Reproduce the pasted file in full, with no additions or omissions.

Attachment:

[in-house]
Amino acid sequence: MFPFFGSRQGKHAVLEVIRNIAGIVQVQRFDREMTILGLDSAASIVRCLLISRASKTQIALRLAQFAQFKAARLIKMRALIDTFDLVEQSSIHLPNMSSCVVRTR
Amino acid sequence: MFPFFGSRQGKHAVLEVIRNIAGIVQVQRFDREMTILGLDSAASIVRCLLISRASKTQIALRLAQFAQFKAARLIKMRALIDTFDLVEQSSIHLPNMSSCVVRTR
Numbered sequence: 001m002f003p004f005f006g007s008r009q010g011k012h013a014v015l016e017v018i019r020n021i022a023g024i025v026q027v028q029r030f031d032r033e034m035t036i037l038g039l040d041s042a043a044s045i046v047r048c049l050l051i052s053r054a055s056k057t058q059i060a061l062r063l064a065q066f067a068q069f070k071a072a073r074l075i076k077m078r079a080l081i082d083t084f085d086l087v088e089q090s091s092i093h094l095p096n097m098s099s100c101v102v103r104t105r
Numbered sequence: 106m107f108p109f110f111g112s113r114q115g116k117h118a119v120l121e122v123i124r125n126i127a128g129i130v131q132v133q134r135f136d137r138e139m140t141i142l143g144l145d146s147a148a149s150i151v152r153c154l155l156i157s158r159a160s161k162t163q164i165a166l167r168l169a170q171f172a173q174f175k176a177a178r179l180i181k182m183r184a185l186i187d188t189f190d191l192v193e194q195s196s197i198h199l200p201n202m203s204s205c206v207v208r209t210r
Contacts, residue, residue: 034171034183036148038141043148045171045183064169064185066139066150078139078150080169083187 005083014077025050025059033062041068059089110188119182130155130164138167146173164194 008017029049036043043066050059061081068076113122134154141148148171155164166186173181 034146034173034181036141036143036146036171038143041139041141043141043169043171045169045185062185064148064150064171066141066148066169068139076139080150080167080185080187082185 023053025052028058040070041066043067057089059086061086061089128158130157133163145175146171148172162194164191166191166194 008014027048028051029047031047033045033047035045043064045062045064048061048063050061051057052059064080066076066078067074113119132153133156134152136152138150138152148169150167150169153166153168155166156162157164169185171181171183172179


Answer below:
[in-house]
Amino acid sequence: MFPFFGSRQGKHAVLEVIRNIAGIVQVQRFDREMTILGLDSAASIVRCLLISRASKTQIALRLAQFAQFKAARLIKMRALIDTFDLVEQSSIHLPNMSSCVVRTR
Amino acid sequence: MFPFFGSRQGKHAVLEVIRNIAGIVQVQRFDREMTILGLDSAASIVRCLLISRASKTQIALRLAQFAQFKAARLIKMRALIDTFDLVEQSSIHLPNMSSCVVRTR
Numbered sequence: 001m002f003p004f005f006g007s008r009q010g011k012h013a014v015l016e017v018i019r020n021i022a023g024i025v026q027v028q029r030f031d032r033e034m035t036i037l038g039l040d041s042a043a044s045i046v047r048c049l050l051i052s053r054a055s056k057t058q059i060a061l062r063l064a065q066f067a068q069f070k071a072a073r074l075i076k077m078r079a080l081i082d083t084f085d086l087v088e089q090s091s092i093h094l095p096n097m098s099s100c101v102v103r104t105r
Numbered sequence: 106m107f108p109f110f111g112s113r114q115g116k117h118a119v120l121e122v123i124r125n126i127a128g129i130v131q132v133q134r135f136d137r138e139m140t141i142l143g144l145d146s147a148a149s150i151v152r153c154l155l156i157s158r159a160s161k162t163q164i165a166l167r168l169a170q171f172a173q174f175k176a177a178r179l180i181k182m183r184a185l186i187d188t189f190d191l192v193e194q195s196s197i198h199l200p201n202m203s204s205c206v207v208r209t210r
Contacts, residue, residue: 034171034183036148038141043148045171045183064169064185066139066150078139078150080169083187 005083014077025050025059033062041068059089110188119182130155130164138167146173164194 008017029049036043043066050059061081068076113122134154141148148171155164166186173181 034146034173034181036141036143036146036171038143041139041141043141043169043171045169045185062185064148064150064171066141066148066169068139076139080150080167080185080187082185 023053025052028058040070041066043067057089059086061086061089128158130157133163145175146171148172162194164191166191166194 008014027048028051029047031047033045033047035045043064045062045064048061048063050061051057052059064080066076066078067074113119132153133156134152136152138150138152148169150167150169153166153168155166156162157164169185171181171183172179